The Fourth Circuit released its opinion this morning in Van Alstyne v. Electronic Scriptorium, No. 07-1892 (4th Cir. March 18, 2009). Nutshell: Plaintiffs who sue for violations of the Stored Communications Act, 18 U.S.C. 2707(a), must prove actual damages in order to qualify for the $1,000 per violation statutory damages provided by the act. Ouch!

In a case involving an employer's intrusion into an employee's personal e-mail account, the court said that the pertinent language in the SCA ("actual damages suffered") was substantially similar to language in the Privacy Act, 5 U.S.C. 522a(g)(4)(A)("actual damages sustained"). The U.S. Supreme Court has already ruled, in Doe v. Chao, 540 U.S. 614 (2004), that statutory damages are not available under the Privacy Act without proof of actual damages. Ditto for the SCA, the Fourth Circuit decided.

Several courts have previously held that a showing of actual damages is not required to entitled plaintiffs to statutory damages under the SCA. But the Fourth Circuit made short work of these rulings, stating that they were at odds with the teaching of Doe v. Chao.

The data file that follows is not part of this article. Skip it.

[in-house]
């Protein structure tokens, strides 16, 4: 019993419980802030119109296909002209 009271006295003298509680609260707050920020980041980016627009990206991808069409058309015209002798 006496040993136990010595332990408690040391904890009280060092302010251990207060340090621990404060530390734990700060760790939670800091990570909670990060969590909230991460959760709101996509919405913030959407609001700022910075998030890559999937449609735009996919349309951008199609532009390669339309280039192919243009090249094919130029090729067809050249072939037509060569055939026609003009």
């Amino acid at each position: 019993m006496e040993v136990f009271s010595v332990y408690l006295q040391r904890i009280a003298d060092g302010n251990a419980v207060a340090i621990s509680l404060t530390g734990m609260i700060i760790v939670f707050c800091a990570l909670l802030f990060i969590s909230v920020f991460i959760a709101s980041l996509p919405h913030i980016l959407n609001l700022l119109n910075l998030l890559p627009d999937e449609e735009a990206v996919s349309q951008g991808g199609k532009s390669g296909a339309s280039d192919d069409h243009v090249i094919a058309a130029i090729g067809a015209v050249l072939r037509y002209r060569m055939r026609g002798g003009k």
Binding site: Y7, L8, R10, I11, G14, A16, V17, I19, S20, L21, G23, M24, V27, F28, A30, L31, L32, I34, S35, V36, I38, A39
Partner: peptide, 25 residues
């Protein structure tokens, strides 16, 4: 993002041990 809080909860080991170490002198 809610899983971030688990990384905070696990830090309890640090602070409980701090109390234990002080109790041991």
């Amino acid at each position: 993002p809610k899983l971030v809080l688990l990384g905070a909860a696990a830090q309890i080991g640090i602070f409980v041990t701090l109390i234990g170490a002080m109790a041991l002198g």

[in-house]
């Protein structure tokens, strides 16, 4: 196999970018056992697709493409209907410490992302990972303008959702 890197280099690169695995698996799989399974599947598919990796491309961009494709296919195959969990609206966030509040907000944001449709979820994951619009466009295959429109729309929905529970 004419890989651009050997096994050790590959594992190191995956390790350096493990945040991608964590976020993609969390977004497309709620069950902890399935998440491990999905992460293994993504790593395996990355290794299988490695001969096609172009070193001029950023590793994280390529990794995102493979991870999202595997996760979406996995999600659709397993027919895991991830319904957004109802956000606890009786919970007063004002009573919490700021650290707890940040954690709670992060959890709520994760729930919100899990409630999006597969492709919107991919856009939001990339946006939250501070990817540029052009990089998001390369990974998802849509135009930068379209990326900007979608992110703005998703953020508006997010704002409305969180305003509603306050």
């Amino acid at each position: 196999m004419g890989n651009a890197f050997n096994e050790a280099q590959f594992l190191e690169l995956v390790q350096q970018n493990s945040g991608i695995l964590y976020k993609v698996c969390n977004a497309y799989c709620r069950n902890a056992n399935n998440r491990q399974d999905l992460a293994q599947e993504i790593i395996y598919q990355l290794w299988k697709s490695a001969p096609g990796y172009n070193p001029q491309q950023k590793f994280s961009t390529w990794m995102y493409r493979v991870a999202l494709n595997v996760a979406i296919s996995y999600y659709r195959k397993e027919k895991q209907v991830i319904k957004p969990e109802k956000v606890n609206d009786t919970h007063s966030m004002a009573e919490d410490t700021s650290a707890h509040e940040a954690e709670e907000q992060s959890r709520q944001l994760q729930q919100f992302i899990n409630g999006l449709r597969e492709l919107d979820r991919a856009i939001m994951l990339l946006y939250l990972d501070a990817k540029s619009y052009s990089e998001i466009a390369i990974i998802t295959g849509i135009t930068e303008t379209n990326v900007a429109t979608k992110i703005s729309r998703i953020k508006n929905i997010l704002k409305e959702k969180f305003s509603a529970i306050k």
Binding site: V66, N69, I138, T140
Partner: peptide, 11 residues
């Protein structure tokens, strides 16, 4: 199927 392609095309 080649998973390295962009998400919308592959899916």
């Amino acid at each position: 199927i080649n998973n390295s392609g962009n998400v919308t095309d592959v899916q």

Thomas O'Toole

Thomas O'Toole joined BNA in 1988 and has been managing editor of Bloomberg BNA's Electronic Commerce & Law Report since its founding in 1996. He has a BA in Economics and English Literature from the University of Michigan and a JD from Wayne State University Law School. You can contact him at Follow him at @tjotoole on Twitter for blog updates and internet law news.

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